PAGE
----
A Passage to India

by E. M. Forster

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Part II, Chapters XVIII – XXI: Summary

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Last Updated on April 25, 2023, by eNotes Editorial. Word Count: 390

Mr. McBryde detains Aziz and informs him that he may be eligible for bail. When Fielding arrives, McBryde shares the charges with him. Fielding requests to see Miss Quested, but his request is turned down. Despite this, he proclaims his belief in Aziz's innocence. He is also denied access to Aziz. Aziz's table-drawer contents are revealed, and McBryde triumphantly points out photographs of a woman. Fielding clarifies that the photograph is of Aziz's wife.

Hamidullah waits outside the superintendent's office, discussing policy and evidence with Fielding. Focused on Aziz's innocence, he acknowledges the difference in his reactions compared to other Indians he supports. Hamidullah plans to hire Amritrao, a renowned Calcutta barrister, to represent Aziz, thinking a Hindu lawyer will broaden the defense's appeal.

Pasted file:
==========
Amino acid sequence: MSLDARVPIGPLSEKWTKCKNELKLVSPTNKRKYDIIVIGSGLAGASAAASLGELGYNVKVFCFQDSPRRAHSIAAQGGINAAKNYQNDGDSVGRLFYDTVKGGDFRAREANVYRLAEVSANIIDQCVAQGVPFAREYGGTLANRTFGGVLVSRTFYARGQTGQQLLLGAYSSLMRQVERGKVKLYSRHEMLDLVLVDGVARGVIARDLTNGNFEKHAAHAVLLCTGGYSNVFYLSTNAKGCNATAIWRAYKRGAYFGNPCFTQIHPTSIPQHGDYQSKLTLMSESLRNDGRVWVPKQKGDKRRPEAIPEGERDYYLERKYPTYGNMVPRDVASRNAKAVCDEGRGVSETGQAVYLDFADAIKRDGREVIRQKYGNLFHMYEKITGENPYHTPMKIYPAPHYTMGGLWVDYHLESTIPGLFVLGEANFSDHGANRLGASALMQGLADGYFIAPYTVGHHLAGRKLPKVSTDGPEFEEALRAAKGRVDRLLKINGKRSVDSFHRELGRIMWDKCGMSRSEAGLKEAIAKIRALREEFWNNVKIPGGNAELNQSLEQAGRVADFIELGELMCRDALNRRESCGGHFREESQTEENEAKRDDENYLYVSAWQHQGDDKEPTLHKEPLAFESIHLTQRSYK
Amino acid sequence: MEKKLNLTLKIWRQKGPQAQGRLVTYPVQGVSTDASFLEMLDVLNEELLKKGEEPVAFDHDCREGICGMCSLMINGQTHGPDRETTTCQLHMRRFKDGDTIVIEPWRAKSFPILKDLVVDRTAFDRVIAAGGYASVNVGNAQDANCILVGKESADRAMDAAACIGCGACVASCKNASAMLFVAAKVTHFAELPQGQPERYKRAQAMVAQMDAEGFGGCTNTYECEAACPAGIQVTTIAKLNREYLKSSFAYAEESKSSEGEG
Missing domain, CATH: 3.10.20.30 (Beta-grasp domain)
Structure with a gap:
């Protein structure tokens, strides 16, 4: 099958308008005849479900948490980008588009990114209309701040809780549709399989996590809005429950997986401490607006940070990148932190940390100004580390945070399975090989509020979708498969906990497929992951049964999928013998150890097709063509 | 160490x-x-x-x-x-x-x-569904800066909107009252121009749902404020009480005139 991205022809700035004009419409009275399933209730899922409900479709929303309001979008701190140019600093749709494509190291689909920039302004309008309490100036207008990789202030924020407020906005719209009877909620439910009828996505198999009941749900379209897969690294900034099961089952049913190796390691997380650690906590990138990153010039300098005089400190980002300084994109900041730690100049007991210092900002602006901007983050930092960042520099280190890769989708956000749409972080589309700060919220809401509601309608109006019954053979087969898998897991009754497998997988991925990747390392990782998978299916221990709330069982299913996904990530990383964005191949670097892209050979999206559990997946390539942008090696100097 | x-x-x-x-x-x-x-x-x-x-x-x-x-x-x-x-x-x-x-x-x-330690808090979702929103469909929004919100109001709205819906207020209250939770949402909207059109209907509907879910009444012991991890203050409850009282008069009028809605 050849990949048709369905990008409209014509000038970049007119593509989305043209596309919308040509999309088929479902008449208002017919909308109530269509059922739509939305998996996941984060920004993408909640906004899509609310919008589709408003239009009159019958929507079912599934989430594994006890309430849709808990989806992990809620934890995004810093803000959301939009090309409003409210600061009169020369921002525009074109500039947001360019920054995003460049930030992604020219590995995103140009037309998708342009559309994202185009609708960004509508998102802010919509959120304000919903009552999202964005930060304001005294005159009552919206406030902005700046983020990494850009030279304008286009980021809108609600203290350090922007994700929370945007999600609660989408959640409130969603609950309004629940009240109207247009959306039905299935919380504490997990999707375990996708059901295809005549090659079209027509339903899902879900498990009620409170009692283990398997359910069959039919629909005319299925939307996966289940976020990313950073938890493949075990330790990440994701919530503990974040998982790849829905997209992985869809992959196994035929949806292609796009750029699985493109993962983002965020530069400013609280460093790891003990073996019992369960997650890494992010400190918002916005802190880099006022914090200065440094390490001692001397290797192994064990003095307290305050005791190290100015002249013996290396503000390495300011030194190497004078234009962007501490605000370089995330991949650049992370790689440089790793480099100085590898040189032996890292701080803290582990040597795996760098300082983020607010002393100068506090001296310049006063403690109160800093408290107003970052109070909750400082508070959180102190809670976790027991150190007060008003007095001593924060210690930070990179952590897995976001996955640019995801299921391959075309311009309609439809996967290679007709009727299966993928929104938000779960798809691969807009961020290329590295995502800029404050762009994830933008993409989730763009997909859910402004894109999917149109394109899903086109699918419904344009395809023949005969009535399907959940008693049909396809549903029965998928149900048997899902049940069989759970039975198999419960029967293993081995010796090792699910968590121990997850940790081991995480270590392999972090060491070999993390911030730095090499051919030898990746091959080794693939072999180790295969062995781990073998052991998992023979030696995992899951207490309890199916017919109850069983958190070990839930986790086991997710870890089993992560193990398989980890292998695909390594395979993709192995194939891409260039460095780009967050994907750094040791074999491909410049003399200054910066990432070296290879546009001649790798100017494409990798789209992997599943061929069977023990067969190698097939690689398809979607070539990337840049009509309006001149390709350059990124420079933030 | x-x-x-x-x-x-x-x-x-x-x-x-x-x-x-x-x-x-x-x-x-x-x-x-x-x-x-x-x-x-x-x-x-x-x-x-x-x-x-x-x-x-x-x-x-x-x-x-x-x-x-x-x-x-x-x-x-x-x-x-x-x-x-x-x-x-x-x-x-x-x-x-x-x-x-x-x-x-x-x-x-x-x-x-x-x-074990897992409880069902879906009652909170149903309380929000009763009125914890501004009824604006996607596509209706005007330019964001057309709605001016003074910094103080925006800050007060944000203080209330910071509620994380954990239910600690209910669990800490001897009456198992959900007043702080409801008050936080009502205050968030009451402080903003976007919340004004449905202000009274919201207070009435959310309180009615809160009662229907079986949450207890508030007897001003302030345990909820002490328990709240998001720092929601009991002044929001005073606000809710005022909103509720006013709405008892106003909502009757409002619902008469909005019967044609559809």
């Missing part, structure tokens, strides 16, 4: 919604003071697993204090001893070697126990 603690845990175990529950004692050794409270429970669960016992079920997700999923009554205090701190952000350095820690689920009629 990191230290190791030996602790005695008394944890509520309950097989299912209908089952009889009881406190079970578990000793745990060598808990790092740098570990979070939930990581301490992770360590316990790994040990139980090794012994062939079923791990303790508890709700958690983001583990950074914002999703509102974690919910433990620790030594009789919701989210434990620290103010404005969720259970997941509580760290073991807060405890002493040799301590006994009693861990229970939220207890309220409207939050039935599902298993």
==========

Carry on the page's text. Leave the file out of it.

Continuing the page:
Fielding has an unclear conversation with Godbole, who appears indifferent to Aziz's situation and talks about unrelated topics. Godbole shares his plans to establish a high school in Mau, Central India. Fielding asks for Godbole's personal opinion on Aziz's guilt or innocence, but the discussion becomes an abstract debate about good and evil.

Fielding obtains permission to visit Aziz, who accuses him of abandonment and is distant. Fielding writes a letter to Miss Quested with little expectation. The Anglo-Indian women start to feel a newfound fondness for Miss Quested, considering her one of them. At the Club, the collector rallies the Anglo-Indians, urging them not to mistrust all Indians due to one criminal charge.

Major Callendar arrives, feeling guilty for granting Aziz leave. He provokes Fielding through a subaltern and, while intoxicated, shares outlandish rumors about Aziz's crime planning.

Ronny Heaslop enters, and Fielding refuses to stand with the others. The collector questions his refusal, and Fielding, feeling attacked, stands and asserts his belief in Aziz's innocence. He resigns from the Club, prompting an angry response from Mr. Turton. As Fielding tries to leave, his path is blocked, but Heaslop intervenes, allowing him to exit. Alone, Fielding experiences self-doubt and introspection.

The atmosphere is charged with the upcoming Mohurram festival and the campaign to save Aziz. Fielding spends the night with Aziz's supporters, learning that Amritrao has agreed to represent Aziz. They plan to reapply for bail now that Miss Quested is out of danger. Fielding wishes to discuss his mistake in being impolite to Heaslop at the Club with Godbole, but the professor has vanished.

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Part II, Chapters XV – XVII: Summary


Part II, Chapters XXII – XXIII: Summary